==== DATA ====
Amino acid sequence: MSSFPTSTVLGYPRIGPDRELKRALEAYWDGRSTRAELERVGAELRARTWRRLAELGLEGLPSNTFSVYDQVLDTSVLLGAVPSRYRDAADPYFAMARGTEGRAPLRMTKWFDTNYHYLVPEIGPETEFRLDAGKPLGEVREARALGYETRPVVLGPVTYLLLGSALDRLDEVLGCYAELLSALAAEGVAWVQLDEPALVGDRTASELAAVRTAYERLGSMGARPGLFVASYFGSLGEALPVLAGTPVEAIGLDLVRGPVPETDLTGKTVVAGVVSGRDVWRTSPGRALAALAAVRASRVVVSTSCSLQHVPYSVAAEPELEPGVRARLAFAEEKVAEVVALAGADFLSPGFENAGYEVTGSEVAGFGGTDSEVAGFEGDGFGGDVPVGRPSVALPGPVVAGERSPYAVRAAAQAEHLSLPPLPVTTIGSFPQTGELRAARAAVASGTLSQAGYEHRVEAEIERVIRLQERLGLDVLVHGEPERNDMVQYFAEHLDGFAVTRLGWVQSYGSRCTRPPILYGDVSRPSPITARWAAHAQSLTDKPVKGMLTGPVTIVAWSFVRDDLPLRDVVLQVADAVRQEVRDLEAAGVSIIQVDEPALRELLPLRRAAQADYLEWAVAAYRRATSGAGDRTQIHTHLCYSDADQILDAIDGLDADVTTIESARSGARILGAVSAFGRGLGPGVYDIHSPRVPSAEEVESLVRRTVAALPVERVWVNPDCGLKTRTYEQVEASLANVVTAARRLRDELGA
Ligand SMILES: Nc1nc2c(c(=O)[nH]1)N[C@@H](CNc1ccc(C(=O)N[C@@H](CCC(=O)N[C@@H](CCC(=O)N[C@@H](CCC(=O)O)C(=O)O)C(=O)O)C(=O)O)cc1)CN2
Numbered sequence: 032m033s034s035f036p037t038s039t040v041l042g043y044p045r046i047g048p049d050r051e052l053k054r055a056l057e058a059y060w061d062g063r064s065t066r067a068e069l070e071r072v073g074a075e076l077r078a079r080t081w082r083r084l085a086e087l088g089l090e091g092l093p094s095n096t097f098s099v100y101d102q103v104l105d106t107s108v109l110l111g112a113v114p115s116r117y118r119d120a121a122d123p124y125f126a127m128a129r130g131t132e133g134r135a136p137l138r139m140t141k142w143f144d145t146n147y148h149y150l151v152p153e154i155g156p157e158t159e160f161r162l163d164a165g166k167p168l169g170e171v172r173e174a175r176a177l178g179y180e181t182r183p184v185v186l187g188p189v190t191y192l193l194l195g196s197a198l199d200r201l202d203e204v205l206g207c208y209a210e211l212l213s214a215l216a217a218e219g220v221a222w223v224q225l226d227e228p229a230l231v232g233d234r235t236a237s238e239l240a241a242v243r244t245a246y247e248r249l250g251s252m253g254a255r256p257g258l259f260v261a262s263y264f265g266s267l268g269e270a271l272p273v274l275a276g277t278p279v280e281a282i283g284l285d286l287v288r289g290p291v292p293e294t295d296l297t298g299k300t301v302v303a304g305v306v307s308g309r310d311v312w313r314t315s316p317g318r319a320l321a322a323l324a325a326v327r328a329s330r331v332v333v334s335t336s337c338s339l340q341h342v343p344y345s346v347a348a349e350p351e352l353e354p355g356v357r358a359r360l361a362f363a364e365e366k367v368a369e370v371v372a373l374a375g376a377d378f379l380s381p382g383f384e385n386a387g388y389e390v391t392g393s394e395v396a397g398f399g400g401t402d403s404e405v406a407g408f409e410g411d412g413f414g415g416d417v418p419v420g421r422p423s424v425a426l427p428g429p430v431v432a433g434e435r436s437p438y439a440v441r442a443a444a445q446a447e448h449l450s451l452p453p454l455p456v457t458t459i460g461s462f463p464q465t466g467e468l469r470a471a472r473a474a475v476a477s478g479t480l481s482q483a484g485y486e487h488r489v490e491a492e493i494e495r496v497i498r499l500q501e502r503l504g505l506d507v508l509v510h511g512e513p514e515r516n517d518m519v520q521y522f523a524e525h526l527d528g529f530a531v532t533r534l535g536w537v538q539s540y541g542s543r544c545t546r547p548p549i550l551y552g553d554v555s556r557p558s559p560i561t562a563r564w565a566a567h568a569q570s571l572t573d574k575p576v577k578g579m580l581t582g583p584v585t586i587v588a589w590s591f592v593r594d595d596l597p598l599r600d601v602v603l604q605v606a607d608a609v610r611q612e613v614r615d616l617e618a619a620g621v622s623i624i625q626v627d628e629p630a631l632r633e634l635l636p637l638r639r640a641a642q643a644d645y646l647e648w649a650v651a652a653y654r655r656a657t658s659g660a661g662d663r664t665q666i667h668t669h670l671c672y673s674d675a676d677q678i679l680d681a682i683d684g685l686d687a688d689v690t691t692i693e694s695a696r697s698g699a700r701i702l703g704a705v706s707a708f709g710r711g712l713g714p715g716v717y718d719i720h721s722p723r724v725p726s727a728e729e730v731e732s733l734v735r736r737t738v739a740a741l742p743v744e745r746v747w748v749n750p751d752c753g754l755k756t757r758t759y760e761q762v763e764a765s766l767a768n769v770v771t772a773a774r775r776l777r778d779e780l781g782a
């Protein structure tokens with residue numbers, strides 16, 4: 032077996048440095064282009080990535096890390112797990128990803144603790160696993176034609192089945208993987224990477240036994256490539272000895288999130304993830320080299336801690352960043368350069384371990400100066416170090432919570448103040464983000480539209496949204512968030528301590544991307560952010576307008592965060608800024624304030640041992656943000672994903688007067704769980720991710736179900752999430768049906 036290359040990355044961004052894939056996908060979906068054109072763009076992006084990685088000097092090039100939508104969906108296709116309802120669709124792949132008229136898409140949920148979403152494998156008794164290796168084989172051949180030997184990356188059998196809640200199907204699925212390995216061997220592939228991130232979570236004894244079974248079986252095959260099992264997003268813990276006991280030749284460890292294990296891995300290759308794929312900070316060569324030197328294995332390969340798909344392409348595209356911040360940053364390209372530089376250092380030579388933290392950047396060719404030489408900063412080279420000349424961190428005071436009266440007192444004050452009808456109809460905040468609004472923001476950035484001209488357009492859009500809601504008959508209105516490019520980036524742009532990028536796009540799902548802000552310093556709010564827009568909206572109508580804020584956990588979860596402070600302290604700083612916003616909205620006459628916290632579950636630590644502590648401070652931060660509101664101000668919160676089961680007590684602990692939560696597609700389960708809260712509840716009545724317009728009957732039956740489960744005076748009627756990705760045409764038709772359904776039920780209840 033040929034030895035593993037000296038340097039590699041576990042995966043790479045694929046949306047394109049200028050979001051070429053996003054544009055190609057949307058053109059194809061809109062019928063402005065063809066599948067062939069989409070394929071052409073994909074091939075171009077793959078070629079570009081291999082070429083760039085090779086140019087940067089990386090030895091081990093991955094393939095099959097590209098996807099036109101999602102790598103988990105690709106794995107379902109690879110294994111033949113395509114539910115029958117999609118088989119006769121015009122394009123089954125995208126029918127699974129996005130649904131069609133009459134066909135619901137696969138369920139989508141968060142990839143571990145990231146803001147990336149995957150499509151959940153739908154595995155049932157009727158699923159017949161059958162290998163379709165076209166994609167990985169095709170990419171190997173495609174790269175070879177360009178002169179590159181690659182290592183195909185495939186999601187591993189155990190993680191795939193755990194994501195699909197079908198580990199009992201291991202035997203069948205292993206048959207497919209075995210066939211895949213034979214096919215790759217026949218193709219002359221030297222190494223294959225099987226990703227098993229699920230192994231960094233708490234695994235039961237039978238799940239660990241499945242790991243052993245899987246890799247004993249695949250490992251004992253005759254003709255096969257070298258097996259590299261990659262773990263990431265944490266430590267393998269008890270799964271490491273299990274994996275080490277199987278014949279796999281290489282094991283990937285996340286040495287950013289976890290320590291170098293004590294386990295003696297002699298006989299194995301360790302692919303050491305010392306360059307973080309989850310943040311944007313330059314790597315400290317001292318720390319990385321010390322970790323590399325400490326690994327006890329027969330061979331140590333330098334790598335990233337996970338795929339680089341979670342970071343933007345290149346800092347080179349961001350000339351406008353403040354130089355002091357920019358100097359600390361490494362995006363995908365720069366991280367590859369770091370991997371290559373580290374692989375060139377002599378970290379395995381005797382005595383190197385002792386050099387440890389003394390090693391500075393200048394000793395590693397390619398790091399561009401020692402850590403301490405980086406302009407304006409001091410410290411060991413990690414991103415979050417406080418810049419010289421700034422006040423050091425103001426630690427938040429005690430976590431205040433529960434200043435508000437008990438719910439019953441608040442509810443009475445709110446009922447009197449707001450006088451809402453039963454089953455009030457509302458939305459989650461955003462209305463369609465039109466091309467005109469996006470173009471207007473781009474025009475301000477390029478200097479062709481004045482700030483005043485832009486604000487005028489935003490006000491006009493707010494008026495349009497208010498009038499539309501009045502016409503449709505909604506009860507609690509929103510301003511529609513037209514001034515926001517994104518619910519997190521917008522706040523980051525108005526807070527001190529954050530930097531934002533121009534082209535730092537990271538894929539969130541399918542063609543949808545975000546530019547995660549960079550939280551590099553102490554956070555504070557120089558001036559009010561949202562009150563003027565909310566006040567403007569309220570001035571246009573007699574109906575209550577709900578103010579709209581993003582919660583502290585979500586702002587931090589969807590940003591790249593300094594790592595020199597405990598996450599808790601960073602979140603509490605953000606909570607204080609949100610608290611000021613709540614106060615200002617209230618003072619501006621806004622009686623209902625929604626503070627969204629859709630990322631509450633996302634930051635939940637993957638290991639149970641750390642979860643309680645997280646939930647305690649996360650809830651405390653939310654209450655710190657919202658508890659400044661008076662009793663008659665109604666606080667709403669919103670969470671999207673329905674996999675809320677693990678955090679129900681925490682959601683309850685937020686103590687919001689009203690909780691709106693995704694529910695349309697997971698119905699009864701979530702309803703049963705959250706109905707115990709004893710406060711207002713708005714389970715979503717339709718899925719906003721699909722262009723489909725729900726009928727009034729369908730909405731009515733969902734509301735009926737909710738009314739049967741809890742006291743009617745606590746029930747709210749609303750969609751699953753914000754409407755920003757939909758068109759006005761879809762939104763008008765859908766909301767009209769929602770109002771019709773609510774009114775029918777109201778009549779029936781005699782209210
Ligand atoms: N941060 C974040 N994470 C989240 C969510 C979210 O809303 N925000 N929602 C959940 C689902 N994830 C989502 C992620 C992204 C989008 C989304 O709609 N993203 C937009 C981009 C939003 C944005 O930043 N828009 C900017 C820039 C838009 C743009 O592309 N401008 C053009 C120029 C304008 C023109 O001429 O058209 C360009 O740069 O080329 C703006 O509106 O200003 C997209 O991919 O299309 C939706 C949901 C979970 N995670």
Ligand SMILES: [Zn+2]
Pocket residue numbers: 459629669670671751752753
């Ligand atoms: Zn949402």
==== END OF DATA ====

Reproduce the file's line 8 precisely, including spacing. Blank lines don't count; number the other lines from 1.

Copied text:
């Ligand atoms: Zn949402």